Aaron Ciechanover was born in Israel in 1947. He is a distinguished Professor in the Technion in Haifa, Israel. He received his M.Sc. (1971) and M.D. (1973) from the Hebrew University in Jerusalem, and his D.Sc. from the Technion (1982). There, as a graduate student with Dr. Avram Hershko and in collaboration with Dr. Irwin Rose from Philadelphia, they discovered that tagging of protein substrates with ubiquitin, target them for degradation. Based on their discovery, several successful drugs have been developed, mostly against malignancies, but many more are in the pipeline. Among the many prizes he received are the 2000 Albert Lasker Award, the 2003 Israel Prize, and the 2004 Nobel Prize (Chemistry; shared with Drs. Hershko and Rose). Among many learnt bodies, he is a member of the Israeli National Academies of Sciences and Humanities, the National Academies of Sciences (NAS) and Medicine (NAM) of the USA (Foreign Member), and the Pontifical Academy of Sciences at the Vatican.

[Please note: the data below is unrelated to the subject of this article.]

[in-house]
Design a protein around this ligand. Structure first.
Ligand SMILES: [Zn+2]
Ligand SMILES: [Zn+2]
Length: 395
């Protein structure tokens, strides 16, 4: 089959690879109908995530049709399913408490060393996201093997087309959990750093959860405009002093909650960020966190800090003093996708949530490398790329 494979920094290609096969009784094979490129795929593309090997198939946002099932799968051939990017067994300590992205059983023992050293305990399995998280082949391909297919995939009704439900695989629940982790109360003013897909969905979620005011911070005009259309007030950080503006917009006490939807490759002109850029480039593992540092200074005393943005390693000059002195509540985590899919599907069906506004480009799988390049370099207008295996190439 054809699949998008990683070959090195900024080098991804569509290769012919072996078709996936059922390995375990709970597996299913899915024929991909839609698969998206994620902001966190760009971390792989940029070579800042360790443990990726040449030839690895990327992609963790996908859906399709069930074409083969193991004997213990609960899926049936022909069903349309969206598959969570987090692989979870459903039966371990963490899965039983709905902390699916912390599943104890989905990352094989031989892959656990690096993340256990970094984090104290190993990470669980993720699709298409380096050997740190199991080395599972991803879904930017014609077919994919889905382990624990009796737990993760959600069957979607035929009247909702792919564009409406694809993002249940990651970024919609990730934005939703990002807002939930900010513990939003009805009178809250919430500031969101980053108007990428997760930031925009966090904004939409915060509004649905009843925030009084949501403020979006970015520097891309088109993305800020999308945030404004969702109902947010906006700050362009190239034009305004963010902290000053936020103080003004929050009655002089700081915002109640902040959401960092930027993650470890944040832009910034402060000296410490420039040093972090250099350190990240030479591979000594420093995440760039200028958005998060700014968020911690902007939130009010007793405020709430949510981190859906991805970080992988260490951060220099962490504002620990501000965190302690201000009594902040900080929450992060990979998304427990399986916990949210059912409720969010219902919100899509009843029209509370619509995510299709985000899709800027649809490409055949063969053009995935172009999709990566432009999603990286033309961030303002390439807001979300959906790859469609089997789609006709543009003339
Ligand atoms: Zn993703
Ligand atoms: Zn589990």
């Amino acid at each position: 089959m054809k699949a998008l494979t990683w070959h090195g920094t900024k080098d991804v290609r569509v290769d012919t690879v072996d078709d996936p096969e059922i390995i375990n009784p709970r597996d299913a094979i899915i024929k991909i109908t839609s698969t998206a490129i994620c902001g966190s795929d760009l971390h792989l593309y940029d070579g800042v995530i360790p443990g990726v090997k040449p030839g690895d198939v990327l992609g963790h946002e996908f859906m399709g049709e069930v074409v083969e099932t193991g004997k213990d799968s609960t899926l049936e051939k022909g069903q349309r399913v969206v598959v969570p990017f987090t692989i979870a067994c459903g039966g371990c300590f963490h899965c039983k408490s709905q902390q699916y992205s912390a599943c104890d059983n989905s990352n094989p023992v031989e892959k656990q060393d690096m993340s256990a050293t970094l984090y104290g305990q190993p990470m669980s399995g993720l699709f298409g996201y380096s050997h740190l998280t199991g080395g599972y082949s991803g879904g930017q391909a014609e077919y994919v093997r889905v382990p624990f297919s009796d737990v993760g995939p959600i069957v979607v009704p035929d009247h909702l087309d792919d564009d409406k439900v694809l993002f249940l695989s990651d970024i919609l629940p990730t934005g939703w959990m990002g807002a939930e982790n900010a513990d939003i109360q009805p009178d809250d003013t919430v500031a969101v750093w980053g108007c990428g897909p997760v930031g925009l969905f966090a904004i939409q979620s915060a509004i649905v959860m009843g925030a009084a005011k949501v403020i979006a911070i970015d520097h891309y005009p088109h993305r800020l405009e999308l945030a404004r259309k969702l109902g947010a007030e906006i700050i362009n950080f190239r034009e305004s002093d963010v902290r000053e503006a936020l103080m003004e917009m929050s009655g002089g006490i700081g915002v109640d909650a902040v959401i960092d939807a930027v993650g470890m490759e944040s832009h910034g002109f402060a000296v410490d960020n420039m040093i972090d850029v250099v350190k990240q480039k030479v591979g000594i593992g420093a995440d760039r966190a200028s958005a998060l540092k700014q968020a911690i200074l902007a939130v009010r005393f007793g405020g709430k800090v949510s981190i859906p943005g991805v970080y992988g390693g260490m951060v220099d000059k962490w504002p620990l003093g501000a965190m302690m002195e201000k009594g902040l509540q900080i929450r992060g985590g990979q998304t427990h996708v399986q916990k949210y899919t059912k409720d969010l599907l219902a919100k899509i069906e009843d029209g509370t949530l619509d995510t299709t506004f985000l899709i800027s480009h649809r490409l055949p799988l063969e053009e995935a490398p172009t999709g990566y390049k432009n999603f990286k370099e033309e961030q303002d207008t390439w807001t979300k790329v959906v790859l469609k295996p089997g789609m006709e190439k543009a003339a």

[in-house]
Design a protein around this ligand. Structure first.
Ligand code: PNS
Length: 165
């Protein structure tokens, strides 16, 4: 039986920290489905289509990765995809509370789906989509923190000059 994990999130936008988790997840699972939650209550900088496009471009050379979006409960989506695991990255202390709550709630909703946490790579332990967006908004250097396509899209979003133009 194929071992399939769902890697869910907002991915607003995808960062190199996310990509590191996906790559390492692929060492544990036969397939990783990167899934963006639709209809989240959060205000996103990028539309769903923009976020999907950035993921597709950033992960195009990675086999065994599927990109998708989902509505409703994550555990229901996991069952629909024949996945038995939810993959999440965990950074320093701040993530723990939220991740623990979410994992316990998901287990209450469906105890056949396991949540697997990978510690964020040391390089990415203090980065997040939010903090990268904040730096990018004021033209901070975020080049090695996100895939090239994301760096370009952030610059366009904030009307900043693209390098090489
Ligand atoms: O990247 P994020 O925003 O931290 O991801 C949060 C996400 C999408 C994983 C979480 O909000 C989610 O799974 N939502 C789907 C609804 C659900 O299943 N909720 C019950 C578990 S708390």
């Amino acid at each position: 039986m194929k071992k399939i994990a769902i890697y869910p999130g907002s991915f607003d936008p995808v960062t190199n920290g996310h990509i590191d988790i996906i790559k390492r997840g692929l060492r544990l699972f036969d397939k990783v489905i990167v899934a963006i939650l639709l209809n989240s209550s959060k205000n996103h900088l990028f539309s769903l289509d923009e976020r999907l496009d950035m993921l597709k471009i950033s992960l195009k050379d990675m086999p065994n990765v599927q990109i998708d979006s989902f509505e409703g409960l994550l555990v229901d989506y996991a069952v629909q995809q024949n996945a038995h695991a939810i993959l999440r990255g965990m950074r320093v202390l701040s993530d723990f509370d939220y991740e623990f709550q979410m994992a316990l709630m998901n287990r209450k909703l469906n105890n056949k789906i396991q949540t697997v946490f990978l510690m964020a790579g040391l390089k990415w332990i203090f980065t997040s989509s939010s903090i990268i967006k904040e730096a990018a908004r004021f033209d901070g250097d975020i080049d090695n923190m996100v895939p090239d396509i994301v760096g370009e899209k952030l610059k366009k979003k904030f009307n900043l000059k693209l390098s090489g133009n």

Research Interests

We are interested in the regulation of the ubiquitin-proteasome system for intracellular proteoplysis. In particular, we are studying the effect of ubiquitination on the pathogenesis of PolyQ expanded diseases, the involvement of NF-kB p105 processing in tumor suppression (unlike its 'canonical' role in tumorigenesis, the intracellular dynamics of the proteasome, and phase separation of the ubiquitin system components as a platform to make proteolysis on untoward proteins more efficient.

Membership Type

International Member

Election Year


Primary Section

Section 21: Biochemistry

Secondary Section

Section 22: Cellular and Developmental Biology